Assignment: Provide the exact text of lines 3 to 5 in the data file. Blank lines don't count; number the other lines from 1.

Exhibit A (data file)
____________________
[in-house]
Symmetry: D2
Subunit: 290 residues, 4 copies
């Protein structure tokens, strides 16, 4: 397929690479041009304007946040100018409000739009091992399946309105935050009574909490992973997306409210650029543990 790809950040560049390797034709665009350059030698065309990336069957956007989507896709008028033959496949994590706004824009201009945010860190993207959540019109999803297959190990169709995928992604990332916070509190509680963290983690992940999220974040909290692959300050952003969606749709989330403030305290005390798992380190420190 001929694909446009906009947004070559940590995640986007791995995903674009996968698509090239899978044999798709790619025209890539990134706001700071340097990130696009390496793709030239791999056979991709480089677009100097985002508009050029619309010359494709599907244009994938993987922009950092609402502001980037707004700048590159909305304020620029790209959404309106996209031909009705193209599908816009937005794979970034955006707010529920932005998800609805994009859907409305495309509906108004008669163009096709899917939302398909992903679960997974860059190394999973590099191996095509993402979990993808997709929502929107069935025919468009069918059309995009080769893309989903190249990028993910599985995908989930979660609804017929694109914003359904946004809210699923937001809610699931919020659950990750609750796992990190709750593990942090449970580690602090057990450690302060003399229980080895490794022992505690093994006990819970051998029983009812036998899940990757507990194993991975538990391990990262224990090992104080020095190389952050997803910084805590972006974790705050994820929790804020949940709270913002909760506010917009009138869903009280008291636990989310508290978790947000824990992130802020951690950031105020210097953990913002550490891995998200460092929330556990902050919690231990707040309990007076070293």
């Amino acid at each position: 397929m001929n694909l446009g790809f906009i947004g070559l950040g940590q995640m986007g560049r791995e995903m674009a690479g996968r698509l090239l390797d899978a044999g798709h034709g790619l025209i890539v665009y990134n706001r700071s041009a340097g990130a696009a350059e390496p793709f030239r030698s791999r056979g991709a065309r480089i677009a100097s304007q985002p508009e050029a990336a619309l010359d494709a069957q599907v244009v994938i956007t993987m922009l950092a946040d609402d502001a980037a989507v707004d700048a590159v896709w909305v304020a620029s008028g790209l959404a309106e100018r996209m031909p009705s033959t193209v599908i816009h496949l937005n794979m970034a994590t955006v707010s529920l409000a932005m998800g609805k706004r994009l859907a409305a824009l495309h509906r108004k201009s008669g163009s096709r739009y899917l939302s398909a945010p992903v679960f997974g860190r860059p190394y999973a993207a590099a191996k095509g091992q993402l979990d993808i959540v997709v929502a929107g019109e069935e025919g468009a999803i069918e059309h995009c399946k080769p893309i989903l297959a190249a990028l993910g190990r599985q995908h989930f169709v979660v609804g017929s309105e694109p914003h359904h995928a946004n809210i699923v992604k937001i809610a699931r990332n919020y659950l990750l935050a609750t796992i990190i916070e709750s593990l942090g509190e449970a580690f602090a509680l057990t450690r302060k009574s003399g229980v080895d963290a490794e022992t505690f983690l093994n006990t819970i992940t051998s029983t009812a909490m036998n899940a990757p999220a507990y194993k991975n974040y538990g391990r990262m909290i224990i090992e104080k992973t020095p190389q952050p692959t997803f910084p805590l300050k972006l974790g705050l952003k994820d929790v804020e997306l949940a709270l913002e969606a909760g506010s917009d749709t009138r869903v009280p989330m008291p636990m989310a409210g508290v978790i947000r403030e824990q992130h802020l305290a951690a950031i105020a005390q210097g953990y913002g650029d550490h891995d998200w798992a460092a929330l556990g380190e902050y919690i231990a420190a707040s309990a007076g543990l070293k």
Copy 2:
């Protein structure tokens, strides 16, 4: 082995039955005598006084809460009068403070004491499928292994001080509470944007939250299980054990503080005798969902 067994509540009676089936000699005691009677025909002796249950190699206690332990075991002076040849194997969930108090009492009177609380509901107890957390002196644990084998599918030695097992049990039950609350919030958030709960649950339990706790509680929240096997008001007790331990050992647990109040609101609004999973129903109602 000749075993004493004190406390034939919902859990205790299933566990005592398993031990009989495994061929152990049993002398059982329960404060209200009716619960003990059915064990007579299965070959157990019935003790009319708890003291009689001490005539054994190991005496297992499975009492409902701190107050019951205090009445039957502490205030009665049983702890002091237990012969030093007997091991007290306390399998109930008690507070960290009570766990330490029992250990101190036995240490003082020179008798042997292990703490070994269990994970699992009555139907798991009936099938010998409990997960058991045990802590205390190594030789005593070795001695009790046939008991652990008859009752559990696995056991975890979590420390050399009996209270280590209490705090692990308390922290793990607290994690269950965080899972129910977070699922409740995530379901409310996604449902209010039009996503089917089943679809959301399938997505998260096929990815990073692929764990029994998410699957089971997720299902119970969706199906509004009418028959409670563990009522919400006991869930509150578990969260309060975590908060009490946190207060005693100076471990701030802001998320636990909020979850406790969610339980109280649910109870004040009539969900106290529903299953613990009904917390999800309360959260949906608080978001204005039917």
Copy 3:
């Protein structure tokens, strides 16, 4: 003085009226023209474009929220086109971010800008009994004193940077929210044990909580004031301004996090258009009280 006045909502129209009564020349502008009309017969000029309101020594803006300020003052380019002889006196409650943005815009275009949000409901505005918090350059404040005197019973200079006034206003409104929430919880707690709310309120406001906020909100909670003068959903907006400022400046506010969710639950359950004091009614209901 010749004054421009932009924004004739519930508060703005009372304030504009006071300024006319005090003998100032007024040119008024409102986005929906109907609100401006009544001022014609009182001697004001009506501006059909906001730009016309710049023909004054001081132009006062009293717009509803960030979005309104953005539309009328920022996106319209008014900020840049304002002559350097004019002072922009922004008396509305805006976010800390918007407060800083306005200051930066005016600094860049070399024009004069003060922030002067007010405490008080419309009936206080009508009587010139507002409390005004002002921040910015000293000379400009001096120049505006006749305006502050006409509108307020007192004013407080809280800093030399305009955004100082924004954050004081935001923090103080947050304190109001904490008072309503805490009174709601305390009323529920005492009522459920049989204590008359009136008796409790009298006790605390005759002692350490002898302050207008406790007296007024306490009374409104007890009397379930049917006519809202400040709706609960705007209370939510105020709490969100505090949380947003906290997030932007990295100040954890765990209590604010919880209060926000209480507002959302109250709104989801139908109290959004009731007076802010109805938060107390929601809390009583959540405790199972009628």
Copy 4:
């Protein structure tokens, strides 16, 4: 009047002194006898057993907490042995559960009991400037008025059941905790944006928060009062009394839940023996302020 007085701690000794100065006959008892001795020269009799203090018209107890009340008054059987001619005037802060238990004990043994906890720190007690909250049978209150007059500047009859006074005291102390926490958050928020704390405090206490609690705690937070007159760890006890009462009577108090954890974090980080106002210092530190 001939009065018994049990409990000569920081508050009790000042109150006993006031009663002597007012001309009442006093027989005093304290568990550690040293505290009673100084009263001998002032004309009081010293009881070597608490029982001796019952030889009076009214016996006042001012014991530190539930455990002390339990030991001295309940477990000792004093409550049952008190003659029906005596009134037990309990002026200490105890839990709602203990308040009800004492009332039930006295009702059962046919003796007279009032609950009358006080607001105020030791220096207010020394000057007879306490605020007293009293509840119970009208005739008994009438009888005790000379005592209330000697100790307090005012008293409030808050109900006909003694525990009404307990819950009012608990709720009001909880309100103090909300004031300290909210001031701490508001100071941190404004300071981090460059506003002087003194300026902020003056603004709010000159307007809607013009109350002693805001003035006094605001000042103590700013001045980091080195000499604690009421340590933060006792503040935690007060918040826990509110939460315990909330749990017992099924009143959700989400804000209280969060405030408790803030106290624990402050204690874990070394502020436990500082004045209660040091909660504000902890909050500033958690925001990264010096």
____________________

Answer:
Subunit: 290 residues, 4 copies
């Protein structure tokens, strides 16, 4: 397929690479041009304007946040100018409000739009091992399946309105935050009574909490992973997306409210650029543990 790809950040560049390797034709665009350059030698065309990336069957956007989507896709008028033959496949994590706004824009201009945010860190993207959540019109999803297959190990169709995928992604990332916070509190509680963290983690992940999220974040909290692959300050952003969606749709989330403030305290005390798992380190420190 001929694909446009906009947004070559940590995640986007791995995903674009996968698509090239899978044999798709790619025209890539990134706001700071340097990130696009390496793709030239791999056979991709480089677009100097985002508009050029619309010359494709599907244009994938993987922009950092609402502001980037707004700048590159909305304020620029790209959404309106996209031909009705193209599908816009937005794979970034955006707010529920932005998800609805994009859907409305495309509906108004008669163009096709899917939302398909992903679960997974860059190394999973590099191996095509993402979990993808997709929502929107069935025919468009069918059309995009080769893309989903190249990028993910599985995908989930979660609804017929694109914003359904946004809210699923937001809610699931919020659950990750609750796992990190709750593990942090449970580690602090057990450690302060003399229980080895490794022992505690093994006990819970051998029983009812036998899940990757507990194993991975538990391990990262224990090992104080020095190389952050997803910084805590972006974790705050994820929790804020949940709270913002909760506010917009009138869903009280008291636990989310508290978790947000824990992130802020951690950031105020210097953990913002550490891995998200460092929330556990902050919690231990707040309990007076070293």
């Amino acid at each position: 397929m001929n694909l446009g790809f906009i947004g070559l950040g940590q995640m986007g560049r791995e995903m674009a690479g996968r698509l090239l390797d899978a044999g798709h034709g790619l025209i890539v665009y990134n706001r700071s041009a340097g990130a696009a350059e390496p793709f030239r030698s791999r056979g991709a065309r480089i677009a100097s304007q985002p508009e050029a990336a619309l010359d494709a069957q599907v244009v994938i956007t993987m922009l950092a946040d609402d502001a980037a989507v707004d700048a590159v896709w909305v304020a620029s008028g790209l959404a309106e100018r996209m031909p009705s033959t193209v599908i816009h496949l937005n794979m970034a994590t955006v707010s529920l409000a932005m998800g609805k706004r994009l859907a409305a824009l495309h509906r108004k201009s008669g163009s096709r739009y899917l939302s398909a945010p992903v679960f997974g860190r860059p190394y999973a993207a590099a191996k095509g091992q993402l979990d993808i959540v997709v929502a929107g019109e069935e025919g468009a999803i069918e059309h995009c399946k080769p893309i989903l297959a190249a990028l993910g190990r599985q995908h989930f169709v979660v609804g017929s309105e694109p914003h359904h995928a946004n809210i699923v992604k937001i809610a699931r990332n919020y659950l990750l935050a609750t796992i990190i916070e709750s593990l942090g509190e449970a580690f602090a509680l057990t450690r302060k009574s003399g229980v080895d963290a490794e022992t505690f983690l093994n006990t819970i992940t051998s029983t009812a909490m036998n899940a990757p999220a507990y194993k991975n974040y538990g391990r990262m909290i224990i090992e104080k992973t020095p190389q952050p692959t997803f910084p805590l300050k972006l974790g705050l952003k994820d929790v804020e997306l949940a709270l913002e969606a909760g506010s917009d749709t009138r869903v009280p989330m008291p636990m989310a409210g508290v978790i947000r403030e824990q992130h802020l305290a951690a950031i105020a005390q210097g953990y913002g650029d550490h891995d998200w798992a460092a929330l556990g380190e902050y919690i231990a420190a707040s309990a007076g543990l070293k």